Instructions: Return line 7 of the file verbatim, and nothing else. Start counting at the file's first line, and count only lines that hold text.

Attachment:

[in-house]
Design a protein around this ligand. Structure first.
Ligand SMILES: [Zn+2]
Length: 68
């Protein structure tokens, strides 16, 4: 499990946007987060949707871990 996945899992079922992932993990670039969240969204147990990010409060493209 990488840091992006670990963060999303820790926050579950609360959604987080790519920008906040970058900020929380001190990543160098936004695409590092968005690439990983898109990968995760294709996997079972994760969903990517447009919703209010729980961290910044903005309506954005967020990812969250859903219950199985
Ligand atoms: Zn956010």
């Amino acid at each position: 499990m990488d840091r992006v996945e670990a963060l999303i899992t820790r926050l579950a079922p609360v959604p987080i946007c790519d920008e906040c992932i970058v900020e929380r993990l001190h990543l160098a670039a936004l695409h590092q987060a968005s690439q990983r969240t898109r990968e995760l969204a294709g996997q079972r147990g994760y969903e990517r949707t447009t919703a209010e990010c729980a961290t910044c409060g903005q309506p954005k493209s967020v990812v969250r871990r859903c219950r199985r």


């Amino acid at each position: 499990m990488d840091r992006v996945e670990a963060l999303i899992t820790r926050l579950a079922p609360v959604p987080i946007c790519d920008e906040c992932i970058v900020e929380r993990l001190h990543l160098a670039a936004l695409h590092q987060a968005s690439q990983r969240t898109r990968e995760l969204a294709g996997q079972r147990g994760y969903e990517r949707t447009t919703a209010e990010c729980a961290t910044c409060g903005q309506p954005k493209s967020v990812v969250r871990r859903c219950r199985r």